| Rokiah Mahmud |
A GROUP of media representatives were on a familiarisation trip to Kuching, from December 6-11, co-organised by Royal Brunei Airlines (RB) and Sarawak Tourism Board (STB), as an introduction to RB’s recommencement of its service flights to the city on December 28.
Popularly known as the City of Cats, Kuching’s colonial-era buildings are remarkably well-preserved against the backdrop of the scenic Sarawak River.
One of our stops was the Kuching Town Mosque, whose distinctive golden dome is among the city’s most recognised landmarks. It can accommodate up to 4,000 congregants and even has a staircase with numbered steps. According to our guide, the numbered steps assist the congregants in remembering where they placed their shoes or sandals.
The Darul Hana Bridge – which officially opened on November 11, 2017 – serves as Kuching’s latest landmark, complementing the Brooke-era Astana and the modern, yet unique, Sarawak State Assembly. Named Darul Hana, which means a place of peace and tranquillity, the bridge is seen as the symbol of unity by many. The S-shape structural design was inspired by the meandering rivers of Sarawak.
The Darul Hana Bridge measures 3.25 metres in width and looms 12 metres above the water. Supporting the Darul Hana Bridge are two cables that are 45 metres high from two 48-degree outward angled steel towers topped out with stylised hornbills, denoting the emblem of Sarawak. The Kuching Darul Hana S-Bridge is not that hard to find, as it is located in the heart of Kuching, at the ever-popular Kuching Waterfront.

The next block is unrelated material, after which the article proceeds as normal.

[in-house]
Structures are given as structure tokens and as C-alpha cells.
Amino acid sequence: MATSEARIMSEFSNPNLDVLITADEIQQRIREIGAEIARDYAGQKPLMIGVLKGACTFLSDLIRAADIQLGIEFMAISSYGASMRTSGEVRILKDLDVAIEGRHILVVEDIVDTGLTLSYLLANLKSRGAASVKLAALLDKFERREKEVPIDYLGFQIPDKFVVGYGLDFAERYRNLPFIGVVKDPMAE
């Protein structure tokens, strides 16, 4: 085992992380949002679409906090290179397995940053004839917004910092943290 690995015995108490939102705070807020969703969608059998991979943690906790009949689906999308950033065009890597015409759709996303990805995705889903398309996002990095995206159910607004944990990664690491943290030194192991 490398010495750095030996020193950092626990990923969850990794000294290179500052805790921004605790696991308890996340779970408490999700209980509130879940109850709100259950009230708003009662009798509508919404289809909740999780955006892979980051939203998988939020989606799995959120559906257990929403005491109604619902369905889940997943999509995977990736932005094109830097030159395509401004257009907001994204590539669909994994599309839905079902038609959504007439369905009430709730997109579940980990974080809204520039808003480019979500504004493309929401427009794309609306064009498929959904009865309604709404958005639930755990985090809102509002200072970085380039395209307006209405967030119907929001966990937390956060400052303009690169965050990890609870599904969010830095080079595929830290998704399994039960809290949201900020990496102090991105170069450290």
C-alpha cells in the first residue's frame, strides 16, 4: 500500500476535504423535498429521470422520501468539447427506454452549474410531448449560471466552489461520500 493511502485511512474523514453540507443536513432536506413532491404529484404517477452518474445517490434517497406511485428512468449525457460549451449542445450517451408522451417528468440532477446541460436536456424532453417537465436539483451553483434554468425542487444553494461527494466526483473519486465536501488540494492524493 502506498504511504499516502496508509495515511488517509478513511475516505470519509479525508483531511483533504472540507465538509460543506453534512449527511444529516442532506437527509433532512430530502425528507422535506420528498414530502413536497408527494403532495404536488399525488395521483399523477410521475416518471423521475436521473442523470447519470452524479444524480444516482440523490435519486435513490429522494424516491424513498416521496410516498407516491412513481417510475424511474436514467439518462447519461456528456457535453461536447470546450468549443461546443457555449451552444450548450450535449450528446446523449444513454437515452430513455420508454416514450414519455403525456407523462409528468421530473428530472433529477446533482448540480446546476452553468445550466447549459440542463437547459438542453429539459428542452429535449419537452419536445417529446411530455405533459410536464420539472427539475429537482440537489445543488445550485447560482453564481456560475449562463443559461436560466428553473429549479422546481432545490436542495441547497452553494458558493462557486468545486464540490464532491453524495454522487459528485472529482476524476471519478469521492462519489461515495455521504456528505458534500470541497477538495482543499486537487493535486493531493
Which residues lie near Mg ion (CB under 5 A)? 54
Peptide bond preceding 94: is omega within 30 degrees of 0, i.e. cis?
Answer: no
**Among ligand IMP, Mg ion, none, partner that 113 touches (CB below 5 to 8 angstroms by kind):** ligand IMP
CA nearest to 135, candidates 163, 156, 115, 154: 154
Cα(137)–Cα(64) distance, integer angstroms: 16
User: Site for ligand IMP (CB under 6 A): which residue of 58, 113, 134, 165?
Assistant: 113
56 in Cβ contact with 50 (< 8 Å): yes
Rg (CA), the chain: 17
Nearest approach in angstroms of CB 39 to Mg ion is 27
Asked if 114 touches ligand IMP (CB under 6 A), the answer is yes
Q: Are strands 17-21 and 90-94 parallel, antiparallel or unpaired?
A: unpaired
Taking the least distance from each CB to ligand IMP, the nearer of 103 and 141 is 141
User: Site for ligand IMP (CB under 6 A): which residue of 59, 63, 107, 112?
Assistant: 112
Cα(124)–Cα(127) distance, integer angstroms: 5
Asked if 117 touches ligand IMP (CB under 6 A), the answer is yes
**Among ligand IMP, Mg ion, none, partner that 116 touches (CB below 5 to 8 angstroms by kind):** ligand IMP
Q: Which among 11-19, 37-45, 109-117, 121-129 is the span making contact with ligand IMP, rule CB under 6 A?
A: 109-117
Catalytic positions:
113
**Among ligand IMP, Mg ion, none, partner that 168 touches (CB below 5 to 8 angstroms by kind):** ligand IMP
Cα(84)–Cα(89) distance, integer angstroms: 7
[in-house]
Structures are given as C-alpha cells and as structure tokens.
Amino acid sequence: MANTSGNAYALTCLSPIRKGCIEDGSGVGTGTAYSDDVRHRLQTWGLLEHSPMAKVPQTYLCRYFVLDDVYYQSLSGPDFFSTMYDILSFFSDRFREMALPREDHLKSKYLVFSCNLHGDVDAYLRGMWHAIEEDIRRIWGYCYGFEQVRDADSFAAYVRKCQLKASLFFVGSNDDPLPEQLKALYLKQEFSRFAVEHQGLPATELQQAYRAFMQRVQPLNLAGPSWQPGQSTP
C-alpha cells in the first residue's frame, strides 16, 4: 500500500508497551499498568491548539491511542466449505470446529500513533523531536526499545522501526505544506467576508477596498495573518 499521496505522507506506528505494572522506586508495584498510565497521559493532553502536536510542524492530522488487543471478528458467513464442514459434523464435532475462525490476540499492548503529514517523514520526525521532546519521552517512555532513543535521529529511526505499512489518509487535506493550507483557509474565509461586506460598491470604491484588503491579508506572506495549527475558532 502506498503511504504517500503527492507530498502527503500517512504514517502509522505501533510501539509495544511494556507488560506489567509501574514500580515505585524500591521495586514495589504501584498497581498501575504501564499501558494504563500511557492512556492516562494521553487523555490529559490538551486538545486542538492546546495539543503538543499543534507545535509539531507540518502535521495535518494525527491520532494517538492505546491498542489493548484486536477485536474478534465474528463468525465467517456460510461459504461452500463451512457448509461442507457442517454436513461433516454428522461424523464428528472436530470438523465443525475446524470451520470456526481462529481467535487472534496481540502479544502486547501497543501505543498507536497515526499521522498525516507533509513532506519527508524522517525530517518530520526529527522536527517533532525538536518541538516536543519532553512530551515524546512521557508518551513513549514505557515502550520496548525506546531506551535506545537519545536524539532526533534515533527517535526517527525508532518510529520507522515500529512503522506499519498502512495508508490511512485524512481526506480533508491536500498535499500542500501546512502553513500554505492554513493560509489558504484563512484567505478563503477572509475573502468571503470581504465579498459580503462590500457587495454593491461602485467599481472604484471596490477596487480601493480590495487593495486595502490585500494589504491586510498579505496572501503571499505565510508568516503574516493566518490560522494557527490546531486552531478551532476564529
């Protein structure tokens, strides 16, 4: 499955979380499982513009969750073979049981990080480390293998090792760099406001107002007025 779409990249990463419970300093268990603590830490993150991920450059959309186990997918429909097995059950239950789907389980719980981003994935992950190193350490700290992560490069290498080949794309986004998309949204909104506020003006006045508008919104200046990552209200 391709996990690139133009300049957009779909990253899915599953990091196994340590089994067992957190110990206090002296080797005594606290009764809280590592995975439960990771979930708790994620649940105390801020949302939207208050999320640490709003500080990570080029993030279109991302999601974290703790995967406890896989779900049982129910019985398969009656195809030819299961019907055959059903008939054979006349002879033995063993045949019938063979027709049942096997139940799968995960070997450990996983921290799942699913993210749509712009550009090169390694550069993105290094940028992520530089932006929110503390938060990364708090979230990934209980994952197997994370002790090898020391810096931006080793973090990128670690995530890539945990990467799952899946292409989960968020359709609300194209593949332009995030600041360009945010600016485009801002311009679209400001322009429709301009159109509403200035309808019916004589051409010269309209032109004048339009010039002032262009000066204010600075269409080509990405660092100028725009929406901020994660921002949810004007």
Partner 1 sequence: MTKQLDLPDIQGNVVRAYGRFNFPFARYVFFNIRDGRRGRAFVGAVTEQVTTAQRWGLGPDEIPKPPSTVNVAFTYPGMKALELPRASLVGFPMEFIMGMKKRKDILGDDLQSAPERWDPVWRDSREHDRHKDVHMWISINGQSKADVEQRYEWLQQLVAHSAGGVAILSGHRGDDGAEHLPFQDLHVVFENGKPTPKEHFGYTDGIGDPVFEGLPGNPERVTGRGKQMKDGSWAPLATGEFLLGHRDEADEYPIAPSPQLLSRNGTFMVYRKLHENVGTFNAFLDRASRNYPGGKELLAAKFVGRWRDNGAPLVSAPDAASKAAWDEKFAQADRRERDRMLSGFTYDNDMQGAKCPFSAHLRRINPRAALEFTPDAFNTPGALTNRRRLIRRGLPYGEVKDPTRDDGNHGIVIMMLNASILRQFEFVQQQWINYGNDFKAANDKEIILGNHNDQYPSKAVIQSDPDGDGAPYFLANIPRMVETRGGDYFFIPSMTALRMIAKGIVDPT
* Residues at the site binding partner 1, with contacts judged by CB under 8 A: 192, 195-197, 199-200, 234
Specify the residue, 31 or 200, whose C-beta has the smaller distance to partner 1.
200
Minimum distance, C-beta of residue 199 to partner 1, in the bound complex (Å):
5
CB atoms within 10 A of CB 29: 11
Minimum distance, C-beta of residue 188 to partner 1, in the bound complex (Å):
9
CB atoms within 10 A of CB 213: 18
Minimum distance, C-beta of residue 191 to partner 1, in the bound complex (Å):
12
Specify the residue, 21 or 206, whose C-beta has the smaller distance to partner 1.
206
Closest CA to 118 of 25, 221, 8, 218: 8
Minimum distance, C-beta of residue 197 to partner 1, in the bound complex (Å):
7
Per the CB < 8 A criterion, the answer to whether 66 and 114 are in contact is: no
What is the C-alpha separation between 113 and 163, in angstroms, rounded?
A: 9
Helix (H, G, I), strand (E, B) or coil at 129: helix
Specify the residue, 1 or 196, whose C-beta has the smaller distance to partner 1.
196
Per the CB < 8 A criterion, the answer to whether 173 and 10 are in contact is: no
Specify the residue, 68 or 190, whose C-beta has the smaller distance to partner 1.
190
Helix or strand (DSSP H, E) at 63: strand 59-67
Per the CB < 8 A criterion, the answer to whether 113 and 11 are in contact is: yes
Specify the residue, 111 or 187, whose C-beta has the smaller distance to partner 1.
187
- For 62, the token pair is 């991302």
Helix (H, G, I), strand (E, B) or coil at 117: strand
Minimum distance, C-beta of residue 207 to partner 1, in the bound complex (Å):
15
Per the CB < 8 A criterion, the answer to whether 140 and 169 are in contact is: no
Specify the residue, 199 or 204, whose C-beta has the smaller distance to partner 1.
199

A short distance from the Darul Hana Bridge, a wall mural carved from stone depicts the story of the mouse-deer and the crocodile from the well-known Malay folktale.
Winding through the heart of the city, our delegation was brought for a closer look at the majestic Astana, the former residence of the Brooke Rajahs, but now the official residence of the Governor of Sarawak.
On the second day, the media delegation visited the Sarawak Cultural Village to learn more about the unique award-winning living museum which offers an exciting and informative introduction to local cultures and lifestyles.
This living museum features nine authentic replica houses representing every major ethnic group in Sarawak: Bidayuh, Iban and Orang Ulu longhouses, a Penan jungle settlement, Melanau tall-house, a Malay town house, Chinese farmhouse and pagoda. Each of these houses is staffed with members of the respective ethnic groups, wearing traditional costumes, carrying out traditional activities. Every house has a ‘storyteller’ who is an expert in describing and interpreting traditional cultures and lifestyles.
After touring the village, visitors can enjoy multi-cultural dance performances in the village’s own theatre, along with the opportunity to take dance, handicraft and music lessons.